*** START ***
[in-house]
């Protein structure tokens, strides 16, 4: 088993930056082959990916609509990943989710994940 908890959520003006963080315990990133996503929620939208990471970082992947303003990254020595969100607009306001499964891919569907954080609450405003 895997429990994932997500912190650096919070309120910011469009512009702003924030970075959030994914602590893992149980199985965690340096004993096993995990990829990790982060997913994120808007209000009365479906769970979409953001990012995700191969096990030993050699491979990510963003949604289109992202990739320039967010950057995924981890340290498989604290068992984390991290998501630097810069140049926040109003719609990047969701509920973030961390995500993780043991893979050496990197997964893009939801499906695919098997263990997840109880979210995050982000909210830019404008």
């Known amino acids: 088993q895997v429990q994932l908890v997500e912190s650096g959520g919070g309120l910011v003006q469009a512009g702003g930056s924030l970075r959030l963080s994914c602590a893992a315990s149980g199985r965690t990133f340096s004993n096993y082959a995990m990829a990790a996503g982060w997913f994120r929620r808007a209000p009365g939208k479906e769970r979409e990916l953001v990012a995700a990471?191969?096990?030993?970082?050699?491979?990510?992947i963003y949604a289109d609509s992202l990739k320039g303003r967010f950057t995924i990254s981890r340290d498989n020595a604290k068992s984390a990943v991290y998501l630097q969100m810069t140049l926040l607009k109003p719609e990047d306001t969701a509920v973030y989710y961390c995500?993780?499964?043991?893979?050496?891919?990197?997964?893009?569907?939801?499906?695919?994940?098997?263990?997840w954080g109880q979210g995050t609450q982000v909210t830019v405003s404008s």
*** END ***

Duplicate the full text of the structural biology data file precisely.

[in-house]
């Protein structure tokens, strides 16, 4: 088993930056082959990916609509990943989710994940 908890959520003006963080315990990133996503929620939208990471970082992947303003990254020595969100607009306001499964891919569907954080609450405003 895997429990994932997500912190650096919070309120910011469009512009702003924030970075959030994914602590893992149980199985965690340096004993096993995990990829990790982060997913994120808007209000009365479906769970979409953001990012995700191969096990030993050699491979990510963003949604289109992202990739320039967010950057995924981890340290498989604290068992984390991290998501630097810069140049926040109003719609990047969701509920973030961390995500993780043991893979050496990197997964893009939801499906695919098997263990997840109880979210995050982000909210830019404008």
């Known amino acids: 088993q895997v429990q994932l908890v997500e912190s650096g959520g919070g309120l910011v003006q469009a512009g702003g930056s924030l970075r959030l963080s994914c602590a893992a315990s149980g199985r965690t990133f340096s004993n096993y082959a995990m990829a990790a996503g982060w997913f994120r929620r808007a209000p009365g939208k479906e769970r979409e990916l953001v990012a995700a990471?191969?096990?030993?970082?050699?491979?990510?992947i963003y949604a289109d609509s992202l990739k320039g303003r967010f950057t995924i990254s981890r340290d498989n020595a604290k068992s984390a990943v991290y998501l630097q969100m810069t140049l926040l607009k109003p719609e990047d306001t969701a509920v973030y989710y961390c995500?993780?499964?043991?893979?050496?891919?990197?997964?893009?569907?939801?499906?695919?994940?098997?263990?997840w954080g109880q979210g995050t609450q982000v909210t830019v405003s404008s």